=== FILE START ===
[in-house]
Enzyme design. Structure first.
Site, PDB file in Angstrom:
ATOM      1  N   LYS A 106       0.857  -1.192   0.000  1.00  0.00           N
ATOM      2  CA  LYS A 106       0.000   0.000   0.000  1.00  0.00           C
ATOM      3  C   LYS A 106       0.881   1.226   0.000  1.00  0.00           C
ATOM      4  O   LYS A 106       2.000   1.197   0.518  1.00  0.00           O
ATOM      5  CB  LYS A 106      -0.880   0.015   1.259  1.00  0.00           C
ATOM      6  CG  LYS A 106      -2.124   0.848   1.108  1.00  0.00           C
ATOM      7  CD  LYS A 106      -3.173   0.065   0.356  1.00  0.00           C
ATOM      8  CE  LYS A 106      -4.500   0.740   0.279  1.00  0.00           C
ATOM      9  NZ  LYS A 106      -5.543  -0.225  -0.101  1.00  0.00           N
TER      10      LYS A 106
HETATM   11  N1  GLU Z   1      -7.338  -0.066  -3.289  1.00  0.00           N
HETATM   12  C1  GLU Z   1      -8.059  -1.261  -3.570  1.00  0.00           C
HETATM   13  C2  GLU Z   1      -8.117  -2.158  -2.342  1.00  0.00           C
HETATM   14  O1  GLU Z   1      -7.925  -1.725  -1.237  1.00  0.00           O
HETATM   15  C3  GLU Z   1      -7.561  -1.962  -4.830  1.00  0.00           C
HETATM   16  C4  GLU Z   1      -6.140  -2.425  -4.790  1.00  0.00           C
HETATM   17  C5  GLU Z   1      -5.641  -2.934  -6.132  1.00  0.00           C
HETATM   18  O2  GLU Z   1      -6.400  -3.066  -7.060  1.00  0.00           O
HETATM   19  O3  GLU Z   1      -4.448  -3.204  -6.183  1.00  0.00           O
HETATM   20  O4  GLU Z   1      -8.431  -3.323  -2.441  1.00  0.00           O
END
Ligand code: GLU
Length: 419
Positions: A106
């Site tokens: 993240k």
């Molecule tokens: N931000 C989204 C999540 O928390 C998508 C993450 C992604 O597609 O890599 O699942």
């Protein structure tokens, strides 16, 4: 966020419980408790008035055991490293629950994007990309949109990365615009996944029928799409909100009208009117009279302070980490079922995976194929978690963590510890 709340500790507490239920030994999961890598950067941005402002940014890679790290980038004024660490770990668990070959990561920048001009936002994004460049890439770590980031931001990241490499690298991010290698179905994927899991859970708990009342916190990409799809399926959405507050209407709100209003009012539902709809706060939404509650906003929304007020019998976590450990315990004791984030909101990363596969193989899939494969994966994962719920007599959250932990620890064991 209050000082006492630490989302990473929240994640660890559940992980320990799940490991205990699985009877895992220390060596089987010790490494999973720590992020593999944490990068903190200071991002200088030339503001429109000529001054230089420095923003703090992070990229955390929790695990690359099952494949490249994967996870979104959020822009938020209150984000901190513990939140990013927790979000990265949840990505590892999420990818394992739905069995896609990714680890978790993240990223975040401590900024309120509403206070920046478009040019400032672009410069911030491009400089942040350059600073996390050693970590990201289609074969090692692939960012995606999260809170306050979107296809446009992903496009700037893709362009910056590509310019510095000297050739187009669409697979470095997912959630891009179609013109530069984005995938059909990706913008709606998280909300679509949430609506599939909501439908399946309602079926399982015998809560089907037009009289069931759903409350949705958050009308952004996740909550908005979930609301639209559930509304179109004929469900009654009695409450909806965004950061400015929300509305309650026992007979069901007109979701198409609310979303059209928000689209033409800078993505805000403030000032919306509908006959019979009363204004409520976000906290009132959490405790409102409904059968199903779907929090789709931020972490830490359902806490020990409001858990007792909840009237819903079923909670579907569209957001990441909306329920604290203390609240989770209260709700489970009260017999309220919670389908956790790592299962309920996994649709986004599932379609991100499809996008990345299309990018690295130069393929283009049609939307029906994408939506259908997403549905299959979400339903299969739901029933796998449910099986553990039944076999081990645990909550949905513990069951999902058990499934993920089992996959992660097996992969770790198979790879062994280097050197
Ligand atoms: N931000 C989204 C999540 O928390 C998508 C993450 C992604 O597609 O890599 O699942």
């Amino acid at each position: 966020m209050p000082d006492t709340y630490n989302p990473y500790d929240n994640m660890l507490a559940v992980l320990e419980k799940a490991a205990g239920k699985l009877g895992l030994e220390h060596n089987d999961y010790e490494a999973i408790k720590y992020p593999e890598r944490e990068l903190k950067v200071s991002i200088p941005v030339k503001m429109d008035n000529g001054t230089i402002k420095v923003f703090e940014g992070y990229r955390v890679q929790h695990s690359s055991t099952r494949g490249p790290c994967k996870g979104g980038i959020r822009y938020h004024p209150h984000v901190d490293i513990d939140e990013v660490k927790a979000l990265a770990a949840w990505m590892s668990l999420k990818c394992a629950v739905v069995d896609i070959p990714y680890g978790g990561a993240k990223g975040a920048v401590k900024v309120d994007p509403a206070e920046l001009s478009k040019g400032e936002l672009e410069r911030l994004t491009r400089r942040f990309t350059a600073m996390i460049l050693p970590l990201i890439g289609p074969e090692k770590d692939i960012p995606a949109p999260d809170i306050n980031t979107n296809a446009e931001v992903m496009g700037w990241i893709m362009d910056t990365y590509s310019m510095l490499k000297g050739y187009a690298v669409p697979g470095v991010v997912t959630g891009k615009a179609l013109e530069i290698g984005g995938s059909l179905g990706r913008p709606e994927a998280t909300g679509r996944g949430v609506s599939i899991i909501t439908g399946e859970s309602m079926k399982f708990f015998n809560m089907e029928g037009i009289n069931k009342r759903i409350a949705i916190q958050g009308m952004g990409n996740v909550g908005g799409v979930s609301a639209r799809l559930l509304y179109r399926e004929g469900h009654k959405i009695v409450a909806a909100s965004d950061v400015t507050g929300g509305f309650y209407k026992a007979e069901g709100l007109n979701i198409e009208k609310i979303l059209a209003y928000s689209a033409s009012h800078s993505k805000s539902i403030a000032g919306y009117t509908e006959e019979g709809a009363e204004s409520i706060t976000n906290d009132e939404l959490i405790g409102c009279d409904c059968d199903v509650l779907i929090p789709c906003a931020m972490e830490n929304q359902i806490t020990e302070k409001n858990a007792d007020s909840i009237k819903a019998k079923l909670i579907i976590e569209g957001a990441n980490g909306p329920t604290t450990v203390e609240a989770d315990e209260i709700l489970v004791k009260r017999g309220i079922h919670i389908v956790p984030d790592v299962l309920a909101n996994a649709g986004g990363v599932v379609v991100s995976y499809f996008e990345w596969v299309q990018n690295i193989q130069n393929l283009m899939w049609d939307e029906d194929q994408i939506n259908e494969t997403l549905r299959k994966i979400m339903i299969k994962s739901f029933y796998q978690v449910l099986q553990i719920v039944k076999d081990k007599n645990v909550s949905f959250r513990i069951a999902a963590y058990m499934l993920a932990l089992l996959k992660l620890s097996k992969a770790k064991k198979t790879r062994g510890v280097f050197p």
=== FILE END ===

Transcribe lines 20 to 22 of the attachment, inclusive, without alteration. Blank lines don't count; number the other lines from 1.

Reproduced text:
HETATM   17  C5  GLU Z   1      -5.641  -2.934  -6.132  1.00  0.00           C
HETATM   18  O2  GLU Z   1      -6.400  -3.066  -7.060  1.00  0.00           O
HETATM   19  O3  GLU Z   1      -4.448  -3.204  -6.183  1.00  0.00           O